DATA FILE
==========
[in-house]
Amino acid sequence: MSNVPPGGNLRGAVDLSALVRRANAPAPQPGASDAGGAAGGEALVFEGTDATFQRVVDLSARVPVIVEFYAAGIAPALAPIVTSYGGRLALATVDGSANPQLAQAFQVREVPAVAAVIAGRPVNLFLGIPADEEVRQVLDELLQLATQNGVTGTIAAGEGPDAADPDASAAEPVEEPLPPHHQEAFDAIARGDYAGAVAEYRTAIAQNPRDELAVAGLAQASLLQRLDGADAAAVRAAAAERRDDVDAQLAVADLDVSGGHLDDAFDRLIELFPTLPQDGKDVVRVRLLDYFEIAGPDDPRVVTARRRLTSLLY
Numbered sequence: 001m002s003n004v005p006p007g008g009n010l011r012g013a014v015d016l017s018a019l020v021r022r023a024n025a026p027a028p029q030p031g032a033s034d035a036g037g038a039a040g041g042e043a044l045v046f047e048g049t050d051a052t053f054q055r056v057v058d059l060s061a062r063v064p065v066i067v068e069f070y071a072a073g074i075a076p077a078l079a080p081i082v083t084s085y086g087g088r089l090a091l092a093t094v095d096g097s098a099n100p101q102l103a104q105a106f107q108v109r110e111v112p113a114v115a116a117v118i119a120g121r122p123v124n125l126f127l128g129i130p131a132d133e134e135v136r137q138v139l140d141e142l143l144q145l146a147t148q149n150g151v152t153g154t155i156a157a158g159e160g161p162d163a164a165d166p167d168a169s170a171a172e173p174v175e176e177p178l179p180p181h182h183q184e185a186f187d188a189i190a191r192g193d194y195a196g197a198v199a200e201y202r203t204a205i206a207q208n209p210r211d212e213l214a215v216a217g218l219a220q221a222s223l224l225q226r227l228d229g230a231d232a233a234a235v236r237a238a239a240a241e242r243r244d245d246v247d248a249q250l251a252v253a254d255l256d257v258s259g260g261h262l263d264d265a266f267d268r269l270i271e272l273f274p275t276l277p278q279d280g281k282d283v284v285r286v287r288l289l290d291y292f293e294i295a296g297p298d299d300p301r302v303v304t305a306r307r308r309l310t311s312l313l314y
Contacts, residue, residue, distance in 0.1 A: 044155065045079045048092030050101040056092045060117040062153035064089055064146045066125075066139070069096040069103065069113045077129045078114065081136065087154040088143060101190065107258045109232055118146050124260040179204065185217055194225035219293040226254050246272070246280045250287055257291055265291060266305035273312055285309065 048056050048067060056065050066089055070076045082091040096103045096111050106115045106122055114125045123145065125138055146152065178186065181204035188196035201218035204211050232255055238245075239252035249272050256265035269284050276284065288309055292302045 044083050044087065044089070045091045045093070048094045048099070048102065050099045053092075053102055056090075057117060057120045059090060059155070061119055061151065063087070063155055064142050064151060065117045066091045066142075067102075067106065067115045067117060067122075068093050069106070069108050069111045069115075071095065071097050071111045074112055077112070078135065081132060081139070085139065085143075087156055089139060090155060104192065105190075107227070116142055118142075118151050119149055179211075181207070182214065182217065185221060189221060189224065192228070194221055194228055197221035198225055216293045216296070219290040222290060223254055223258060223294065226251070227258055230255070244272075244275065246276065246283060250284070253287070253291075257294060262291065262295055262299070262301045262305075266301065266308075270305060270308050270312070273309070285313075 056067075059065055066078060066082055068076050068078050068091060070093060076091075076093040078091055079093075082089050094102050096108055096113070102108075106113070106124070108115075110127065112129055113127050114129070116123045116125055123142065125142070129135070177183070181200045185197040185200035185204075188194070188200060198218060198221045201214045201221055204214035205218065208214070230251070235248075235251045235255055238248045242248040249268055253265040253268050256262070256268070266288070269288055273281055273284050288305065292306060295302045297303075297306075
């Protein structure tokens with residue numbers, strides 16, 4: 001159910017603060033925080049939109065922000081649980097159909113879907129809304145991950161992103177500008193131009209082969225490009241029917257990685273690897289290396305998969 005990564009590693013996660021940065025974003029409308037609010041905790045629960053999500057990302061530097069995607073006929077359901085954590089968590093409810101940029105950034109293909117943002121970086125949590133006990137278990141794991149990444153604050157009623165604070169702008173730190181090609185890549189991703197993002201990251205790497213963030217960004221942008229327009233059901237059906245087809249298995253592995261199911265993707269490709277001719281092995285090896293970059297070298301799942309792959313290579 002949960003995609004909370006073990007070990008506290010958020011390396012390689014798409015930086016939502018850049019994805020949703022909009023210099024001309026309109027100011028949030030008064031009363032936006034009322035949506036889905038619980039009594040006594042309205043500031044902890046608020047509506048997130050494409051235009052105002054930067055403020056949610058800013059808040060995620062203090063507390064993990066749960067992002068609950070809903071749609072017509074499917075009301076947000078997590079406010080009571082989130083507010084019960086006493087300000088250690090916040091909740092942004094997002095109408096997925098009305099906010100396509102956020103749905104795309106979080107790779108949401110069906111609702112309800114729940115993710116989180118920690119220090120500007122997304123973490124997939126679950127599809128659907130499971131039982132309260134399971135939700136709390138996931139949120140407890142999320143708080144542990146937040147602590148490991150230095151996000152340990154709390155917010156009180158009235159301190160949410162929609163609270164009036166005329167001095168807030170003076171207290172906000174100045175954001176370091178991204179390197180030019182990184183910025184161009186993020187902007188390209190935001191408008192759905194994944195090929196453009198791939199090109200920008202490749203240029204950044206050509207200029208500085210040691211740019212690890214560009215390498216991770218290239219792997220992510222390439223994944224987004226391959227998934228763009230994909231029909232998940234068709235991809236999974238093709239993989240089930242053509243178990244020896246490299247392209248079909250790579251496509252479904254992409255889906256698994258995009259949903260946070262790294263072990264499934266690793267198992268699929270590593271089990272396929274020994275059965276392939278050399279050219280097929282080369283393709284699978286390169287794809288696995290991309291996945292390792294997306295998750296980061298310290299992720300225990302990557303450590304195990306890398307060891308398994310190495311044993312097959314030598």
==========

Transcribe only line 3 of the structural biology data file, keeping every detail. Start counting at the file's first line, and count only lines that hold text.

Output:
Numbered sequence: 001m002s003n004v005p006p007g008g009n010l011r012g013a014v015d016l017s018a019l020v021r022r023a024n025a026p027a028p029q030p031g032a033s034d035a036g037g038a039a040g041g042e043a044l045v046f047e048g049t050d051a052t053f054q055r056v057v058d059l060s061a062r063v064p065v066i067v068e069f070y071a072a073g074i075a076p077a078l079a080p081i082v083t084s085y086g087g088r089l090a091l092a093t094v095d096g097s098a099n100p101q102l103a104q105a106f107q108v109r110e111v112p113a114v115a116a117v118i119a120g121r122p123v124n125l126f127l128g129i130p131a132d133e134e135v136r137q138v139l140d141e142l143l144q145l146a147t148q149n150g151v152t153g154t155i156a157a158g159e160g161p162d163a164a165d166p167d168a169s170a171a172e173p174v175e176e177p178l179p180p181h182h183q184e185a186f187d188a189i190a191r192g193d194y195a196g197a198v199a200e201y202r203t204a205i206a207q208n209p210r211d212e213l214a215v216a217g218l219a220q221a222s223l224l225q226r227l228d229g230a231d232a233a234a235v236r237a238a239a240a241e242r243r244d245d246v247d248a249q250l251a252v253a254d255l256d257v258s259g260g261h262l263d264d265a266f267d268r269l270i271e272l273f274p275t276l277p278q279d280g281k282d283v284v285r286v287r288l289l290d291y292f293e294i295a296g297p298d299d300p301r302v303v304t305a306r307r308r309l310t311s312l313l314y